Scientists Transplanted Laboratory-Grown Vaginas Into Women Born Without Them
After receiving the organs, which were "hand-sewn into a vagina-like shape," patients reported completely normal function several years later.
Image: Wake Forest Institute for Regenerative Medicine
For the first time ever, researchers have grown human vaginas in a laboratory and implanted them into women born with a rare disorder. The procedure has allowed each of the four women to have normally-functioning bodies.
The organs were grown by scientists at the Wake Forest Baptist Medical Center's Institute for Regenerative Medicine using cells from each patient's genitals. The patients were born with Mayer-Rokitansky-Kuster-Hauser syndrome, in which a woman is born with an underdeveloped or absent vagina and uterus. Each patient was a teenager at the time of the surgeries, which were performed between 2005 and 2008. In follow-up surveys, the girls reported having normal sexual function and quality of life.
The cultured cells were grown on a scaffold like this. Image: Wake Forest Institute for Regenerative Medicine
Each vagina was grown in the lab and then were "hand-sewn into a vagina-like shape." Surgeons then artificially created a canal in each patient's body and the lab-grown organs were stitched into it. Soon after, the body naturally built blood vessels and started creating new cells normally.
From the researchers' paper, published in the Lancet, describing the process:
"In this pilot cohort study, they cultured, expanded, and seeded epithelial and muscle cells onto biodegradable scaffolds. After the constructed organs had matured in an incubator, these were implanted with a perineal approach. The investigators recorded the patients' history and undertook physical examinations, vaginoscopy, serial tissue biopsy samples, MRIs, and self-administered Female Sexual Function Index questionnaires. At a mean follow-up of 81 months, [the questionnaires] revealed excellent functional results and quality of life. Vaginal growth as the girls grew was evident, and annual biopsy samples showed normal vaginal wall."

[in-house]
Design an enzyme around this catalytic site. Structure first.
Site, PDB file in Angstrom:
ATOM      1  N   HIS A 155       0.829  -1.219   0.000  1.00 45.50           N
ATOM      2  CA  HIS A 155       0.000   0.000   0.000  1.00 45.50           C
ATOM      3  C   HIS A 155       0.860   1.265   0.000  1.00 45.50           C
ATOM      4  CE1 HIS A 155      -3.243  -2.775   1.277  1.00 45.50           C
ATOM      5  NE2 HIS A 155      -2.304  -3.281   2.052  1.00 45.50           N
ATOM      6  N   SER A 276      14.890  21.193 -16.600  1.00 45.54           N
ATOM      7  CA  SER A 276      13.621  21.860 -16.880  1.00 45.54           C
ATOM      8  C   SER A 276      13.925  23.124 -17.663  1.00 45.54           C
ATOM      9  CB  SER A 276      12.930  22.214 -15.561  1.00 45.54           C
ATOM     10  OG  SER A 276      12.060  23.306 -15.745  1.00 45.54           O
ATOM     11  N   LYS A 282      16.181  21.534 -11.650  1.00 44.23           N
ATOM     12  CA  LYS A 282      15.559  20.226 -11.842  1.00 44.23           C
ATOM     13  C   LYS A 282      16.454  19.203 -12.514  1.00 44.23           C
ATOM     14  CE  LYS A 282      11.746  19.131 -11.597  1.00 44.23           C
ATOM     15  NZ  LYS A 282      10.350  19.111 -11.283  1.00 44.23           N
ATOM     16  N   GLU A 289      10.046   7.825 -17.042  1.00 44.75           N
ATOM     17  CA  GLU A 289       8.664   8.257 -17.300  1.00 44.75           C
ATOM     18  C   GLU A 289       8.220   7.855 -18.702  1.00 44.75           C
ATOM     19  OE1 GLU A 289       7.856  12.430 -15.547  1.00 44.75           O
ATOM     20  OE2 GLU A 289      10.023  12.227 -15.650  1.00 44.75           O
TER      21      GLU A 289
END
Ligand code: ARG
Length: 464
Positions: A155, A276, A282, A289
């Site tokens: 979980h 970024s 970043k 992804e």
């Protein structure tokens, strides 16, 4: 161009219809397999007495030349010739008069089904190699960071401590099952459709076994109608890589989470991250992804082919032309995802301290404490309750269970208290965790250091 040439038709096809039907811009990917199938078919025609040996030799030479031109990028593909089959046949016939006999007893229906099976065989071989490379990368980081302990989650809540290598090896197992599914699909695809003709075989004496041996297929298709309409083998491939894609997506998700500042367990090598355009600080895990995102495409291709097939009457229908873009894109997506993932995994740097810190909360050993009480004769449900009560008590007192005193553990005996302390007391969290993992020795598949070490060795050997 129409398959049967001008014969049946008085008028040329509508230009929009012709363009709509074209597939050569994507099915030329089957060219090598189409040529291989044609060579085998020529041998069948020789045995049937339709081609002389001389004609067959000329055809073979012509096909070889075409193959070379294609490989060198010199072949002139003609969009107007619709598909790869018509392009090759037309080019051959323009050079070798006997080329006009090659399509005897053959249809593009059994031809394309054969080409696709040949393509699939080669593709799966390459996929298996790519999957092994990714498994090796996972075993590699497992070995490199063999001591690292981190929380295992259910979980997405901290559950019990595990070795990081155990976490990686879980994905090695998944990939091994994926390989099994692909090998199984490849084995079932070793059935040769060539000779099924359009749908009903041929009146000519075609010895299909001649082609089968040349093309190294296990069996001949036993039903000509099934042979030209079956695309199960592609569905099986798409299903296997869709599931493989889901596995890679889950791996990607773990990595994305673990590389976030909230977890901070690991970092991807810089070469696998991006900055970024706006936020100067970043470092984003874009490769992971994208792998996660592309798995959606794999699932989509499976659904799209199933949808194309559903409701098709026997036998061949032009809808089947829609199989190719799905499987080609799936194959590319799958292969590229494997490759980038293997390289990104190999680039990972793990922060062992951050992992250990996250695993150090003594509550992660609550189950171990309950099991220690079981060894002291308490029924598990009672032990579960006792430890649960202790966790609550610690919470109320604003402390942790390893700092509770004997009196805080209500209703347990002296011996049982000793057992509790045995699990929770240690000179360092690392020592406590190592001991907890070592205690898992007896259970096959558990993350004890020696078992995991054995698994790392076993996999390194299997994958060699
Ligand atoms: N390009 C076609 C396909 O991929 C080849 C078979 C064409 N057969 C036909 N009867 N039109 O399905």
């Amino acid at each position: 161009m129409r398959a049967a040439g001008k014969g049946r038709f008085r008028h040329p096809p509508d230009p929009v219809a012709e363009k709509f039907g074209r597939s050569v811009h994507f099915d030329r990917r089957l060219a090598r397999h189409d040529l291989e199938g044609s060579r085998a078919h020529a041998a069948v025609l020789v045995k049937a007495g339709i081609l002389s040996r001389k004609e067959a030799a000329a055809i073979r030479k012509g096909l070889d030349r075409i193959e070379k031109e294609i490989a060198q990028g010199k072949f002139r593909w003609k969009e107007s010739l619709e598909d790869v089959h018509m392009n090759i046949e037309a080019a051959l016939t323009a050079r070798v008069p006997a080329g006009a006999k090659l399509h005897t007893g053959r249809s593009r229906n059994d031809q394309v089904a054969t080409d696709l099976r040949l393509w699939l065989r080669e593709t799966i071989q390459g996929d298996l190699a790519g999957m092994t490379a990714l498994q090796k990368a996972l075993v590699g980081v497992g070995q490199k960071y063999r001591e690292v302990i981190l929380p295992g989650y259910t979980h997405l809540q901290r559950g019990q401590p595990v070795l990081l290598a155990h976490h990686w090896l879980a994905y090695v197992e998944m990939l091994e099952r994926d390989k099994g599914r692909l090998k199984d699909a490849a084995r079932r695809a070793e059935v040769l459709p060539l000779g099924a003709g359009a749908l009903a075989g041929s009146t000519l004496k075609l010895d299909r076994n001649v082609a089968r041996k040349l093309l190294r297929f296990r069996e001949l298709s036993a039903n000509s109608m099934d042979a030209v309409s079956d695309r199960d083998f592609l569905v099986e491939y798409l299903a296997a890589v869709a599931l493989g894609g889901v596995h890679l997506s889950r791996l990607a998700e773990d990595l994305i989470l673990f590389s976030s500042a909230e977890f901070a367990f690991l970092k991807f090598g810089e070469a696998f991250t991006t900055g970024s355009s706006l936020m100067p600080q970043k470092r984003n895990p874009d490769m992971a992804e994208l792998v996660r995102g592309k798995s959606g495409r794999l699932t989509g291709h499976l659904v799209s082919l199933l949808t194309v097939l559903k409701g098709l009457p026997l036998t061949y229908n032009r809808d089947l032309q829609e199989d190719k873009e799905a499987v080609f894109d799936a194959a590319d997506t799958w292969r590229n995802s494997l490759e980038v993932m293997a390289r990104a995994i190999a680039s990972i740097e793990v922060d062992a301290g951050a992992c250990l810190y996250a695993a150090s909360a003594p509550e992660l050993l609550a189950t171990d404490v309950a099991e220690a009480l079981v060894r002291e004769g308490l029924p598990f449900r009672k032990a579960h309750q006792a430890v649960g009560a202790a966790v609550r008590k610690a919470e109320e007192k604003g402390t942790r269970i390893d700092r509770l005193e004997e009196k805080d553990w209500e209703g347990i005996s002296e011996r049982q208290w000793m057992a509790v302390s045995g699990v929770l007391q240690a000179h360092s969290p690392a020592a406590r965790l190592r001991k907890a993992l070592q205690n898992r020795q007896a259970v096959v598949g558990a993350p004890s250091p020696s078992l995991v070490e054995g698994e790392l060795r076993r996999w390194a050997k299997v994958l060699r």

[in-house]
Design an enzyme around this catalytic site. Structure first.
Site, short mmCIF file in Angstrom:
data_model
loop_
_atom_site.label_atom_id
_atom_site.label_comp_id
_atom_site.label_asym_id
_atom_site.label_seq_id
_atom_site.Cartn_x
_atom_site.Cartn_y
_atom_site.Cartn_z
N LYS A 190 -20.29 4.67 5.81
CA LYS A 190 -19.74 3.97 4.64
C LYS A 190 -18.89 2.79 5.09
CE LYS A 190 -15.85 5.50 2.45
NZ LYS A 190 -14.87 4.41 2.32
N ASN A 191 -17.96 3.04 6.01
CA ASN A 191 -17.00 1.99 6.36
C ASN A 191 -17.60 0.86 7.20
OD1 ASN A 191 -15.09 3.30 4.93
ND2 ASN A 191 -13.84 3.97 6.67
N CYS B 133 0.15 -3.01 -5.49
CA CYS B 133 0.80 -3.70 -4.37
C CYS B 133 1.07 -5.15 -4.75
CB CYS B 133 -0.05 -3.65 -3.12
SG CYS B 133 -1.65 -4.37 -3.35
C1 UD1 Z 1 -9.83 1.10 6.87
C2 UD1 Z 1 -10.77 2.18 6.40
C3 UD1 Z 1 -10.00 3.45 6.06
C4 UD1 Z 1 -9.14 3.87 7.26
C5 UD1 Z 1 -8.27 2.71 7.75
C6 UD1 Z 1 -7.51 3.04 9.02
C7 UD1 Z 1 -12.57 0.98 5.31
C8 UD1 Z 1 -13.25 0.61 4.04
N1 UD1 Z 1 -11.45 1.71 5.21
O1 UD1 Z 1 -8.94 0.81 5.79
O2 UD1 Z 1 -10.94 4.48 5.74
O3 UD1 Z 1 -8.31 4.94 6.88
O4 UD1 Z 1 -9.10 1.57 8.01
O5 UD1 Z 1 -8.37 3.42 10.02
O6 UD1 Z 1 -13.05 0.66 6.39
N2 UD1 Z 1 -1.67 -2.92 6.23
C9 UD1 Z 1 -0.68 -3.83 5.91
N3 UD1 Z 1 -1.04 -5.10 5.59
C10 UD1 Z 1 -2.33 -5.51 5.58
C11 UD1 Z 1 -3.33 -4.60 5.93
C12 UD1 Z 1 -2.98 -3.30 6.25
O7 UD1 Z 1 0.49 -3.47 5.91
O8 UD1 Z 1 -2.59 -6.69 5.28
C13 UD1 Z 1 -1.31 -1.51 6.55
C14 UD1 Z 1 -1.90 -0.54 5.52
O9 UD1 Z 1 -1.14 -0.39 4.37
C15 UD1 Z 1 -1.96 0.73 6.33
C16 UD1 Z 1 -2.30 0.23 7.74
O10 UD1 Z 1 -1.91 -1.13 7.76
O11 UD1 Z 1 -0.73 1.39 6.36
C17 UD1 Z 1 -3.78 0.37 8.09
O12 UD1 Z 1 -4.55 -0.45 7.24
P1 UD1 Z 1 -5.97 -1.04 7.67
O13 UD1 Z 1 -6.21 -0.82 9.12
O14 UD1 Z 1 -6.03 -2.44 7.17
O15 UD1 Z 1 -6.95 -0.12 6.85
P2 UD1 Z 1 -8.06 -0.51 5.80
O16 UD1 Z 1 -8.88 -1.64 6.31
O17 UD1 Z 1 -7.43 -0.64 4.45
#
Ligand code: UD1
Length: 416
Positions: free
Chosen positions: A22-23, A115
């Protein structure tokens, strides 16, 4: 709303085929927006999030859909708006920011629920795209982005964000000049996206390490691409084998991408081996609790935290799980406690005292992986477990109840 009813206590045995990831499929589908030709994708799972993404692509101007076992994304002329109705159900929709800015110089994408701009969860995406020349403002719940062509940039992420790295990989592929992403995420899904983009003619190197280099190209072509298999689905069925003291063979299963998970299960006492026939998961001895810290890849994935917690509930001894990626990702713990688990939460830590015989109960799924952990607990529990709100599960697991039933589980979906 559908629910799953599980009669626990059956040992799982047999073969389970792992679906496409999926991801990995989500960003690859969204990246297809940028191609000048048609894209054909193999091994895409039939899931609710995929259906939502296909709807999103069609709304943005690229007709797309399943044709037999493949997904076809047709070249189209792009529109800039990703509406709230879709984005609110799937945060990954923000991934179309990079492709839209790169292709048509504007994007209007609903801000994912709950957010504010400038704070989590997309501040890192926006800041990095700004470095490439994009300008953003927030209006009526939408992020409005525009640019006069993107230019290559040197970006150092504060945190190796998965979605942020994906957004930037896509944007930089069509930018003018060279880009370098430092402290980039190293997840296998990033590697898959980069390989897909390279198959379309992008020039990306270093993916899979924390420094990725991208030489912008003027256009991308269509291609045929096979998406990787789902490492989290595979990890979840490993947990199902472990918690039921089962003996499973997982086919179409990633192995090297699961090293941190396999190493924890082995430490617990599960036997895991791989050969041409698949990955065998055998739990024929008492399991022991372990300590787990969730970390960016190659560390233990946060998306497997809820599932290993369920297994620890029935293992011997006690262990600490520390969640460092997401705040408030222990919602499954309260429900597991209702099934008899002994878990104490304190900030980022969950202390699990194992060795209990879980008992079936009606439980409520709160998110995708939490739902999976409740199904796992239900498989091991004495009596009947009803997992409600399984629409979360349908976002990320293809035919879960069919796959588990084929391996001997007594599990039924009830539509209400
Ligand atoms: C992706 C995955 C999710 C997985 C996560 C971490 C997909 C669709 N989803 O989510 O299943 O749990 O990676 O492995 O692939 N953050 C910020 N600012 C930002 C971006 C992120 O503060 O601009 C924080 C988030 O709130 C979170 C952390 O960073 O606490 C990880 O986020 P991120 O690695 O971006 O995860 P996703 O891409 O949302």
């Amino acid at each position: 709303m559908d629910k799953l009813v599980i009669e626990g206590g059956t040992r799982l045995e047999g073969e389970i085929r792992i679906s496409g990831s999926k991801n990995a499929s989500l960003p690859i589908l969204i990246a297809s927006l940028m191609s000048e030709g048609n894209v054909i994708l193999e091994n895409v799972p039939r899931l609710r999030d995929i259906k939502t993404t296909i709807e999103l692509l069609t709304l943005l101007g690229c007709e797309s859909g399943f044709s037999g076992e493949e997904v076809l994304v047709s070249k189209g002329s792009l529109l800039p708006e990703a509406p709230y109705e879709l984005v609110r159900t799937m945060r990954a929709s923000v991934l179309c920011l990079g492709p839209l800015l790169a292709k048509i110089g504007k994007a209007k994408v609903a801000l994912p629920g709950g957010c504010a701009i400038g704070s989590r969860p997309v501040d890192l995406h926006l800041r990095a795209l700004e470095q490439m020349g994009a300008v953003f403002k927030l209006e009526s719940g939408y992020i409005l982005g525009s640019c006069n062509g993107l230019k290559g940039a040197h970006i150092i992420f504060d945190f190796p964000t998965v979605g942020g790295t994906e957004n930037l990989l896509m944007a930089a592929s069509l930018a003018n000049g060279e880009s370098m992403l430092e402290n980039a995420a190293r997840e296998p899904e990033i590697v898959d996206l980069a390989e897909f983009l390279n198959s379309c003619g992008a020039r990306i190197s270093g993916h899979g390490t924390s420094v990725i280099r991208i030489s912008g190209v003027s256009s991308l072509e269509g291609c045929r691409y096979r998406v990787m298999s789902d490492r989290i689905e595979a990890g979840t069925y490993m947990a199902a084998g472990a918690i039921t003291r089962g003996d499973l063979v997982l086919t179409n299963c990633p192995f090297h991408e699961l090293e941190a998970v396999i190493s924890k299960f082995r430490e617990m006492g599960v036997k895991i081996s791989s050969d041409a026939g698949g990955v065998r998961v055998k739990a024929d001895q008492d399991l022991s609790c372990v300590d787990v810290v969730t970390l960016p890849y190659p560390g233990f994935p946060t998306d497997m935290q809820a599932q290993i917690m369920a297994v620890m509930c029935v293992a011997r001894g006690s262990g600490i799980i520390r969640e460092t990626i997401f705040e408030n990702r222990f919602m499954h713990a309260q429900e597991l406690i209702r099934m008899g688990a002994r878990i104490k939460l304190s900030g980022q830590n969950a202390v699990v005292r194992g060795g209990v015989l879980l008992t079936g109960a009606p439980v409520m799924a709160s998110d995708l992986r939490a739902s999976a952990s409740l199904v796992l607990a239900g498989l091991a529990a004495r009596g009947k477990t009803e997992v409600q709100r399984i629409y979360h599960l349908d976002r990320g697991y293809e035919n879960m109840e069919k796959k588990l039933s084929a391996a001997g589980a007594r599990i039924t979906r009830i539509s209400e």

Besides how awesome this obviously is for those four women, it represents a huge win for regenerative medicine and a look at what could be the future of transplantation. Researchers in the United Kingdom are working on making lab-grown noses, ears, and blood vessels, but so far, implanting them back into humans has proven difficult. With the success of this experiment, Anthony Atala, who worked on the transplantation team, says things like this could one be the norm for people who are born with disorders or otherwise need a new organ.
"This pilot study is the first to demonstrate that vaginal organs can be constructed in the lab and used successfully in humans," Atala said in a statement. "This may represent a new option for patients who require vaginal reconstructive surgeries. In addition, this study is one more example of how regenerative medicine strategies can be applied to a variety of tissues and organs."